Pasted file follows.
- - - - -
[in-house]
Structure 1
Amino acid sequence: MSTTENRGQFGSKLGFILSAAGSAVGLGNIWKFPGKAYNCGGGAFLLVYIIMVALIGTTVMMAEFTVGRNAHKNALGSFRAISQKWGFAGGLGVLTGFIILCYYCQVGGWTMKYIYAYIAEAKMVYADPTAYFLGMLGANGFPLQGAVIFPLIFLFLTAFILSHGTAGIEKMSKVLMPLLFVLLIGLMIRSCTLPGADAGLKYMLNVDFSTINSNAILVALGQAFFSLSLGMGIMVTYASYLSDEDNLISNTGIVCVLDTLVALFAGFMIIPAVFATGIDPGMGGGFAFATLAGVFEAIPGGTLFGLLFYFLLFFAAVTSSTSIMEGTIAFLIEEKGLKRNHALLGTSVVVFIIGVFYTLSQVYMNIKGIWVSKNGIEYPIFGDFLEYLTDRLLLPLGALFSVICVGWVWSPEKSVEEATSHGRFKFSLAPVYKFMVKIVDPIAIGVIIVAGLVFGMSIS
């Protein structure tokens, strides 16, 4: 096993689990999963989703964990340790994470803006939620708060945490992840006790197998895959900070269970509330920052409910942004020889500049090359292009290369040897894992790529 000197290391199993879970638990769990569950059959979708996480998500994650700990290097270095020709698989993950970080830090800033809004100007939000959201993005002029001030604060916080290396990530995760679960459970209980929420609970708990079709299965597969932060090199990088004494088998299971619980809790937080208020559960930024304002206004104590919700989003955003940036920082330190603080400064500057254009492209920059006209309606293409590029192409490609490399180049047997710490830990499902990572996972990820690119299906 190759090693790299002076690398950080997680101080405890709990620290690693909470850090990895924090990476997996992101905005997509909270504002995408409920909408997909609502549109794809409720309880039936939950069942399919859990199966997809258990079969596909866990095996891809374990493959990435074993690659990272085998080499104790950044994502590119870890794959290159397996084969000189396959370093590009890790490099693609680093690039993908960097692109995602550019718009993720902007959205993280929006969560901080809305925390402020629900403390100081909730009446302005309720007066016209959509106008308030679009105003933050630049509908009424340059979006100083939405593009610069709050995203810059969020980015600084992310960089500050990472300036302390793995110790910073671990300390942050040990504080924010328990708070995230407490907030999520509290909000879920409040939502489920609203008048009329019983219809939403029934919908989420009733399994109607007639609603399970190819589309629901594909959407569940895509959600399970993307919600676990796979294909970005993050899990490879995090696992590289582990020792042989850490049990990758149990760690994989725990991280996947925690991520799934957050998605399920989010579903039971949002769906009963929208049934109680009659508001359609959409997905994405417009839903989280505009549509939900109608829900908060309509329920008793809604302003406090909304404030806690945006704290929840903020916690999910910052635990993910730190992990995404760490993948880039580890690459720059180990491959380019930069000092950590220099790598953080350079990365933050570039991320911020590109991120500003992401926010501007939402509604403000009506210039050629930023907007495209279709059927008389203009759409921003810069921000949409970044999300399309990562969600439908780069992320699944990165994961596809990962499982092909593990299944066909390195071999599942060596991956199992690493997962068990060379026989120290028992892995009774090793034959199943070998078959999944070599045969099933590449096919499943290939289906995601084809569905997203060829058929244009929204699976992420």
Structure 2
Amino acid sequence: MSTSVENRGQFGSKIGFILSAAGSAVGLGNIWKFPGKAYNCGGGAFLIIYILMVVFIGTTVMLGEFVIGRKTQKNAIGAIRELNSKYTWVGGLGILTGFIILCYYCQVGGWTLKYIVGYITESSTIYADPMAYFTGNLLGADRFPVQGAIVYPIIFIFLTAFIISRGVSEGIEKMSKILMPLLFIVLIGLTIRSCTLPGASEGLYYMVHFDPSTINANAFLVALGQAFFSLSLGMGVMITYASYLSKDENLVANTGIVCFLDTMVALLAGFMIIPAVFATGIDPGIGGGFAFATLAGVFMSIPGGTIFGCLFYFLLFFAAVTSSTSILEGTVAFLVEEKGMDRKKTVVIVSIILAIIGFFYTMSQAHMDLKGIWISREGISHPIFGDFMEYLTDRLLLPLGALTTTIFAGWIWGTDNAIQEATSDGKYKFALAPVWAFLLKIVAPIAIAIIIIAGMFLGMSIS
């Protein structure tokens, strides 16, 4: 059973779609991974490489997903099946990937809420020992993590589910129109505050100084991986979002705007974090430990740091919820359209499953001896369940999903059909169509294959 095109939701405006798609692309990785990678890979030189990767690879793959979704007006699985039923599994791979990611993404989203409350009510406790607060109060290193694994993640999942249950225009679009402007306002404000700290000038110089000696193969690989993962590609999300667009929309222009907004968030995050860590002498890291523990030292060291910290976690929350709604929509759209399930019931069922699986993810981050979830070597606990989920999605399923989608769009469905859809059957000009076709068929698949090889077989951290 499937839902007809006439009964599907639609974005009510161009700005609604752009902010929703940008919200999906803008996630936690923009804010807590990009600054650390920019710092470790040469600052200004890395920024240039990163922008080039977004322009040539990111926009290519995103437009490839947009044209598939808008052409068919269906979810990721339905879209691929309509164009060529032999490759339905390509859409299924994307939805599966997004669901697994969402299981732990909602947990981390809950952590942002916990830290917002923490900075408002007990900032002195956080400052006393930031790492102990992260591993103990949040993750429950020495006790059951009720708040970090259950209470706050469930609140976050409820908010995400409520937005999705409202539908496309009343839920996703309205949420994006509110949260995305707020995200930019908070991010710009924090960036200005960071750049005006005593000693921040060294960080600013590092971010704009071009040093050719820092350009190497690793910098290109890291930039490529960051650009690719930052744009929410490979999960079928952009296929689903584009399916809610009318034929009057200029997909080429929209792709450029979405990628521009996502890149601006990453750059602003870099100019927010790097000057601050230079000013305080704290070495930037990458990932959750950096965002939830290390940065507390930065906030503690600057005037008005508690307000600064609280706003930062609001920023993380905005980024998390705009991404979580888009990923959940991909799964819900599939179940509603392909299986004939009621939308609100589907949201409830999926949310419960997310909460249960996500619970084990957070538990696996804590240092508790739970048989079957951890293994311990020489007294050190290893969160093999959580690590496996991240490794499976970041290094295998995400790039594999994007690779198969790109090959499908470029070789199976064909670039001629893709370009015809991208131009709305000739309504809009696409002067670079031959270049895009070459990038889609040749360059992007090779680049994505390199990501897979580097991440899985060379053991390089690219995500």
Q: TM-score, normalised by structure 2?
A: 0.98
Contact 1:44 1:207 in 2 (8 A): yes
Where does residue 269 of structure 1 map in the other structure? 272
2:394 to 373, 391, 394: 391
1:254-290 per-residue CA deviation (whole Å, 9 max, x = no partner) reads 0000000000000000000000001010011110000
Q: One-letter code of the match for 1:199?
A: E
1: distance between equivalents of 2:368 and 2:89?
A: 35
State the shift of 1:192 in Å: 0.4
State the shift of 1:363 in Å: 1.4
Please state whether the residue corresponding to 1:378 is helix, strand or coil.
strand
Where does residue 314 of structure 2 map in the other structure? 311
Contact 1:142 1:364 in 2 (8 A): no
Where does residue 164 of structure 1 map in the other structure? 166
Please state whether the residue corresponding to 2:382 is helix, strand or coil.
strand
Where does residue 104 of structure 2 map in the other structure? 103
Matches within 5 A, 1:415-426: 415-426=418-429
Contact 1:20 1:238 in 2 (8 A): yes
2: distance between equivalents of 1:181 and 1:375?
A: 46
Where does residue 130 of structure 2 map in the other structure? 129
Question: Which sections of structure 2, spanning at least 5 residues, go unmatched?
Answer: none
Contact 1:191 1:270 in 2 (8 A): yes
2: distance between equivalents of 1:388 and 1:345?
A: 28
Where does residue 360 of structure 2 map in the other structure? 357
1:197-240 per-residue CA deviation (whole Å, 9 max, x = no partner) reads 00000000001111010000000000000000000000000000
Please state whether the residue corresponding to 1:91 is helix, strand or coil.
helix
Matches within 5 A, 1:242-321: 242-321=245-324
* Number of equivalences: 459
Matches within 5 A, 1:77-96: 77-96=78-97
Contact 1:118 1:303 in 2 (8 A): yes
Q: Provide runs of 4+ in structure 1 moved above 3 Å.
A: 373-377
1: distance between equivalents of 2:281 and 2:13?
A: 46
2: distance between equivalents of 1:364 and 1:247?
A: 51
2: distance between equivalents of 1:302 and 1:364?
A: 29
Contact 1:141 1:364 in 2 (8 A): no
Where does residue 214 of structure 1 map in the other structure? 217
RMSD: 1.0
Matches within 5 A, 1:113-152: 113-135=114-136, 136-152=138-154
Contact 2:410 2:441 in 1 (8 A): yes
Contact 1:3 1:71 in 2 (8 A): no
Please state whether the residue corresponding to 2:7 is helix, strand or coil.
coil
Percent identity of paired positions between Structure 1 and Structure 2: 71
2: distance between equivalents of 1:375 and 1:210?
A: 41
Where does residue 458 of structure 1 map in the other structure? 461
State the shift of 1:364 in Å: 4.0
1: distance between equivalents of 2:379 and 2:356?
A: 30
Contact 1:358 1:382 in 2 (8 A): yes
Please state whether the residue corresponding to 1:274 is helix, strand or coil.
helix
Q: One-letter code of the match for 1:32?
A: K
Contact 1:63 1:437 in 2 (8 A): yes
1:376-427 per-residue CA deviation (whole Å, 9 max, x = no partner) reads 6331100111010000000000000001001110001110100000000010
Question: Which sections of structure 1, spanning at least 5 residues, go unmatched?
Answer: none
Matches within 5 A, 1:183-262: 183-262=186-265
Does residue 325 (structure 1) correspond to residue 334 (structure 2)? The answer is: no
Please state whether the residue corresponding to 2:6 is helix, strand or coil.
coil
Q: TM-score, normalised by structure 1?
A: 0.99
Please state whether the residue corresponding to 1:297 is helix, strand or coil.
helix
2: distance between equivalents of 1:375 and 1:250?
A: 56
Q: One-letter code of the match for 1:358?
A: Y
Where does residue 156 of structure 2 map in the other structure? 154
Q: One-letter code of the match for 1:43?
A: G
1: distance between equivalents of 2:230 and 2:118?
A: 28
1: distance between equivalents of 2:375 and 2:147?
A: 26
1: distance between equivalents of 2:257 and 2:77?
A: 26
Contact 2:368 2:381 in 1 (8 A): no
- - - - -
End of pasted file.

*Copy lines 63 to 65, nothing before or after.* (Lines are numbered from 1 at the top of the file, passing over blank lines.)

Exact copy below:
2: distance between equivalents of 1:375 and 1:210?
A: 41
Where does residue 458 of structure 1 map in the other structure? 461